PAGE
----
A Sunday Afternoon in Harlem

06ef6ec73f8893420e05dac4cacd35b2My Featured Blogger this week is Janice Reid of Sincerely Jan. A former finance industry professional, in 2018 Jan switched her focus to fighting–and surviving–Acute Myeloid Leukemia. This gave her “an entirely new perspective,” she explains, leading to a life that today “is slower but more fulfilling, more self-aware and spiritual.” And it shows in the thoughtful and always engaging photo essays Jan shares with us. Read on and see!

Sincerely Jan

It had been a while since I’d last been to Harlem and let’s just say, at that time, the landscape was a whole lot different than it is today. Back in its heyday in the late 20’s and throughout the 30’s, Harlem had been dubbed “The Black Mecca of the World” due to its rich culture and wide array of artistic and political expressions. Its landscape was marked by brownstones and other historic buildings and even though blacks were the majority of its population, it was a melting pot of peoples of different races and cultures.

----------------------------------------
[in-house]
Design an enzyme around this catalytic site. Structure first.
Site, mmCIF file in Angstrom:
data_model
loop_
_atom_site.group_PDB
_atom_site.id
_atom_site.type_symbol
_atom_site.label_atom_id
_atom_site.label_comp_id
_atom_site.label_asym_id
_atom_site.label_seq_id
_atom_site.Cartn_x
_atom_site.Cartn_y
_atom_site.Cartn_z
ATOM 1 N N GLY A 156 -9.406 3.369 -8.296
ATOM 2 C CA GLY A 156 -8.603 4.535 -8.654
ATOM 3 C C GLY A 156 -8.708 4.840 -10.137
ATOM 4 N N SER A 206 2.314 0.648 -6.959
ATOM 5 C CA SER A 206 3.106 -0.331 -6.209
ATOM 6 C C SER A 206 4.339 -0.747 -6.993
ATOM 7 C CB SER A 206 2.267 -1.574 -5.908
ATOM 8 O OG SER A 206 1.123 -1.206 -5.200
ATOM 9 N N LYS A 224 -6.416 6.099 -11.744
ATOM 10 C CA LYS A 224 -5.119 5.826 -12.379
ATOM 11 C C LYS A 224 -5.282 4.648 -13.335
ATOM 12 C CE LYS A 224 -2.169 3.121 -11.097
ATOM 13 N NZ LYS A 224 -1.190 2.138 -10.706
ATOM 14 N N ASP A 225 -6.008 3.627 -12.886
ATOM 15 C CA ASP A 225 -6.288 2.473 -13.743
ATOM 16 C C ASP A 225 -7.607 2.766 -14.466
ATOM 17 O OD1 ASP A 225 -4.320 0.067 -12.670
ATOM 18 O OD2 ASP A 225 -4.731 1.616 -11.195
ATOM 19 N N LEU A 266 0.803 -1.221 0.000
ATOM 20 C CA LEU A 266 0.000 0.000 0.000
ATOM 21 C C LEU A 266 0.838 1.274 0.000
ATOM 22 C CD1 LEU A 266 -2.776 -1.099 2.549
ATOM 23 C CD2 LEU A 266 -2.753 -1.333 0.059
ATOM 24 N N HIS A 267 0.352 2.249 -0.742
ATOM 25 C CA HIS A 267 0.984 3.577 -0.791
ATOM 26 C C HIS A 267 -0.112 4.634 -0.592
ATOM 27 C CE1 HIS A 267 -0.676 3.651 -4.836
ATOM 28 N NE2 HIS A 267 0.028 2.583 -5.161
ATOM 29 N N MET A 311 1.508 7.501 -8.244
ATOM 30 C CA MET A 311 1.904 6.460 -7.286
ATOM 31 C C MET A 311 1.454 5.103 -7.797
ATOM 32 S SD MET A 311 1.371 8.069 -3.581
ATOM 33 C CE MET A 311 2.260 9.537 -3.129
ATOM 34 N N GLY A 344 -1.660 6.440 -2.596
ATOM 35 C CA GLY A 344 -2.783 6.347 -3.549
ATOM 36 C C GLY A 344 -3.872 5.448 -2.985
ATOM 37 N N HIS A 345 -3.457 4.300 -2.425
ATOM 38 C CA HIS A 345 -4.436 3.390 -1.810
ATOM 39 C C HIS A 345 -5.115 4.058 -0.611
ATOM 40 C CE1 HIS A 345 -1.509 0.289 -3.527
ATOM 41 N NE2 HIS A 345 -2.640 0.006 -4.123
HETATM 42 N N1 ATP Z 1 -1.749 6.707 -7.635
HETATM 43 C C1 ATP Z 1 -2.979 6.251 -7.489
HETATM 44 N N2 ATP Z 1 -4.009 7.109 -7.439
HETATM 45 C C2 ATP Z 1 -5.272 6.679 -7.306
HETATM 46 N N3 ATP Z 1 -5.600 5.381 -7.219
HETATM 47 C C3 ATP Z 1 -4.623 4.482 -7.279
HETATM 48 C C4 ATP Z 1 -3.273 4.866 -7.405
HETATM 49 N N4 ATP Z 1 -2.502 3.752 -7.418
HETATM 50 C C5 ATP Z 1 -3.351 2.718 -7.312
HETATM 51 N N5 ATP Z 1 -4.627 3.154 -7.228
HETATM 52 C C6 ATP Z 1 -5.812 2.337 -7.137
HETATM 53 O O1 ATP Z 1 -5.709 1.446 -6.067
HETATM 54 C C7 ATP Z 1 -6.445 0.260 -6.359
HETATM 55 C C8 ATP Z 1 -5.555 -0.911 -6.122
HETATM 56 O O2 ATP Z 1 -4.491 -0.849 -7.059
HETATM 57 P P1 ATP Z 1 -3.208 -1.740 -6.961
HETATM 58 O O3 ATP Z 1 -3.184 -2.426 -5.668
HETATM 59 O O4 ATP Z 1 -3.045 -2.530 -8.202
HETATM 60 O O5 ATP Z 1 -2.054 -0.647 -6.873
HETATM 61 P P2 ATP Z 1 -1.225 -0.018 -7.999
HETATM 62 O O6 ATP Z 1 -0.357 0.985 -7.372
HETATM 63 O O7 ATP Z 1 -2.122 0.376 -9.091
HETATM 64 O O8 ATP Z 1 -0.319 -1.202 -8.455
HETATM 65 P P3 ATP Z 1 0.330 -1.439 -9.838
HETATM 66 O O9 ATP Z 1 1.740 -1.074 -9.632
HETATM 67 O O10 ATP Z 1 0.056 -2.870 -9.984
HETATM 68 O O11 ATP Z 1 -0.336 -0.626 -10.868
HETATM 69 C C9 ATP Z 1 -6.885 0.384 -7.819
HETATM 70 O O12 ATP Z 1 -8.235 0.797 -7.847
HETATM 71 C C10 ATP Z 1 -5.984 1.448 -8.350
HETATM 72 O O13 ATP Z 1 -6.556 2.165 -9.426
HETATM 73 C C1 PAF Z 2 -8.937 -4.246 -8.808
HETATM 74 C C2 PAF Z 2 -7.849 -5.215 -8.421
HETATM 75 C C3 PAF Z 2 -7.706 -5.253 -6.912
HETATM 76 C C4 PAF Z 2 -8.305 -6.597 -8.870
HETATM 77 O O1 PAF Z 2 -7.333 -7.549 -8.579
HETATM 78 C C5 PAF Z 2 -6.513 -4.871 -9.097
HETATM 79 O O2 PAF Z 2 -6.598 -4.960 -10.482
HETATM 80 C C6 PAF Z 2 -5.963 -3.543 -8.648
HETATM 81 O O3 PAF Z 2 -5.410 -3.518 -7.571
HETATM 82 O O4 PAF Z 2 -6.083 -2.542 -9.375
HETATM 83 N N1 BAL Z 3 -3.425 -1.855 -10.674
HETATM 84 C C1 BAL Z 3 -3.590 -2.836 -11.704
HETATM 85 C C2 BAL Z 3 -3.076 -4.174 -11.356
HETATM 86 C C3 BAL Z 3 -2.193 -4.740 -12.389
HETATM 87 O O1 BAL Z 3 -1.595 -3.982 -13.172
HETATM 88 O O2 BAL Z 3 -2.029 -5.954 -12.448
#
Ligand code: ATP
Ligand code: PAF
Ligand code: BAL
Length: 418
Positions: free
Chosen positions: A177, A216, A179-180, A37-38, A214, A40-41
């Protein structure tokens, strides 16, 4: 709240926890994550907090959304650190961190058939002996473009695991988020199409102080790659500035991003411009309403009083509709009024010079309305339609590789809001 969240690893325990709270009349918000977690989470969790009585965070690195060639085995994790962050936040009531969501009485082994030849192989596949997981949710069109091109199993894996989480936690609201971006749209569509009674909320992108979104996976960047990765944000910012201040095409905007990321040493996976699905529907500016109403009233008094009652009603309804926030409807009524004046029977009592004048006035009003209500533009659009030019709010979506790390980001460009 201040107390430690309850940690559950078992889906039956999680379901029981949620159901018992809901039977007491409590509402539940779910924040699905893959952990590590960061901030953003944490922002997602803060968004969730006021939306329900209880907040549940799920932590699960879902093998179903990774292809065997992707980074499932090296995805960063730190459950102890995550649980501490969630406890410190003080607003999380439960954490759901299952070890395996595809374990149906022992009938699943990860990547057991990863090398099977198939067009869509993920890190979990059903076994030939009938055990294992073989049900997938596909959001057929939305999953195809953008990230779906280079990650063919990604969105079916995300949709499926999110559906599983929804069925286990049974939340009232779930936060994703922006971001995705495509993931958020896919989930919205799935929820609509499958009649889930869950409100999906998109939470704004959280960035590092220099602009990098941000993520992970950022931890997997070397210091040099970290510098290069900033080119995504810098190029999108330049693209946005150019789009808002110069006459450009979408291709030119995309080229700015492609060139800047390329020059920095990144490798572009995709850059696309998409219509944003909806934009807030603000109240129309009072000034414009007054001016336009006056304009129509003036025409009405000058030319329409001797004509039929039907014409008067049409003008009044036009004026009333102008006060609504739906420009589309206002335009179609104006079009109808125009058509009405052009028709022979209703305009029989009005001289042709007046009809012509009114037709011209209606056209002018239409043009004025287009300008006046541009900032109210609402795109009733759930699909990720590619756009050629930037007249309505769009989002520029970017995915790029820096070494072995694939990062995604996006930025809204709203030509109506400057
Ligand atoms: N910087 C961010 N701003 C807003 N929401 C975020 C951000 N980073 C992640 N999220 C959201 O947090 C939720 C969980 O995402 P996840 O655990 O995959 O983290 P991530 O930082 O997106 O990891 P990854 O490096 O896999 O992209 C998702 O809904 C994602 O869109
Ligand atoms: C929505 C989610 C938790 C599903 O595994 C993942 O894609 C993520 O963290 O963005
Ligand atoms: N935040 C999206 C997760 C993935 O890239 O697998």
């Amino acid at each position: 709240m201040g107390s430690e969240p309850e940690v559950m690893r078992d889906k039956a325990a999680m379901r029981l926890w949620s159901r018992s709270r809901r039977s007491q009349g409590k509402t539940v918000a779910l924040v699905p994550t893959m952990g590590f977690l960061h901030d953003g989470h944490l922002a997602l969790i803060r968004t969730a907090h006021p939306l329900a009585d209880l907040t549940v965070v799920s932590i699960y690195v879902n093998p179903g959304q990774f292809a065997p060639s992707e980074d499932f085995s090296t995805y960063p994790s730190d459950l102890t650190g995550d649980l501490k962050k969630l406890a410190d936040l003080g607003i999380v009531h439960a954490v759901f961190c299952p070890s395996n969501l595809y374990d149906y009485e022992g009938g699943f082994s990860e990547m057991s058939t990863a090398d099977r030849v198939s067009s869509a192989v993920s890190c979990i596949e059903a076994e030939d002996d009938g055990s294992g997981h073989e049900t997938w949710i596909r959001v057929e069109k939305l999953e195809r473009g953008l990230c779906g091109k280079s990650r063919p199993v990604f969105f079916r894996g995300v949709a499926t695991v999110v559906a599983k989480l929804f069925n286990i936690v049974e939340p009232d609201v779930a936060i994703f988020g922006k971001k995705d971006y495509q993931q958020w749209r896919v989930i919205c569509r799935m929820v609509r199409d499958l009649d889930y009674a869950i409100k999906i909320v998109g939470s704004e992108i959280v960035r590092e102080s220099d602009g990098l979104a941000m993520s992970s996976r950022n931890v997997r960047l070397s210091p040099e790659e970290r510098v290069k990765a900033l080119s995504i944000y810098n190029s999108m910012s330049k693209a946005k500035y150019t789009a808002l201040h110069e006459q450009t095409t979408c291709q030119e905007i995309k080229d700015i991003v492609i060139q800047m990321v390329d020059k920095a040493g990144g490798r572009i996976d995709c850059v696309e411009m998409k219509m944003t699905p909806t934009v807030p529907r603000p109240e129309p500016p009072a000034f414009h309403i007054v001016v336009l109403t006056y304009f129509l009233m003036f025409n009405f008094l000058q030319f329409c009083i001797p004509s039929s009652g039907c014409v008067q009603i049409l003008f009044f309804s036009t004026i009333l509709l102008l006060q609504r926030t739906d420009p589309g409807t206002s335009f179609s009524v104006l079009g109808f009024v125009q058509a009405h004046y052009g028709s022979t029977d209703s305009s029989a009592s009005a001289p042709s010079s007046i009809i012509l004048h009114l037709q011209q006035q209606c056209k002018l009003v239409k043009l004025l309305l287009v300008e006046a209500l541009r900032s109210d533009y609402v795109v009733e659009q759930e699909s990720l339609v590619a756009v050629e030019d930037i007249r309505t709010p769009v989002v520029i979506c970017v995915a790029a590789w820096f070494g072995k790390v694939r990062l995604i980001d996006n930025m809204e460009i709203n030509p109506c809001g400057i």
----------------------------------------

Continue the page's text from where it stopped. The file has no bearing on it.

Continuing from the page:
By the time I got to the US in the mid 1980’s Harlem was already in decline, in fact one could say it had already hit rock bottom and most recall that period as the darkest in Harlem’s history. Crime and drugs ran rampant, poverty was real, and for most non-residents of Harlem our…

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About mitchteemley

Writer, Filmmaker, Humorist, Thinker-about-stuffer
This entry was posted in Quips and Quotes, Religion/Faith, Writing and tagged , , , , , , . Bookmark the permalink.

11 Responses to A Sunday Afternoon in Harlem

  1. Janice Reid says:

    Thanks Mitch, much appreciated!

    Liked by 1 person

  2. I’ve watched so many movies about Harlem, most of them oldies, made in black and white and done in the pre-World War II days. So much glamor back then. So sad to see that it is that way only in the old movies now.

    Liked by 1 person

  3. Tim Harlow says:

    Wonderfully informative post. Thanks for sharing Jan’s work. And again, thanks for featuring my site last week.

    Liked by 1 person

  4. I love your, photos, Janice, especially the one showing the brownstones! When I was an adolescent, I was fascinated by Rev. David Wilkerson’s street ministry accounts in New York City and its boroughs. Your pictures brought back thoughts of Wilkerson’s (The Cross and the Switchblade) and other books based in New York City, including Harlem, that I obsessed over. And the food!!! Thanks, Mitch, for sharing this.

    Liked by 1 person

  5. Ann Coleman says:

    I love her blog! Thanks for sharing it….

    Liked by 1 person

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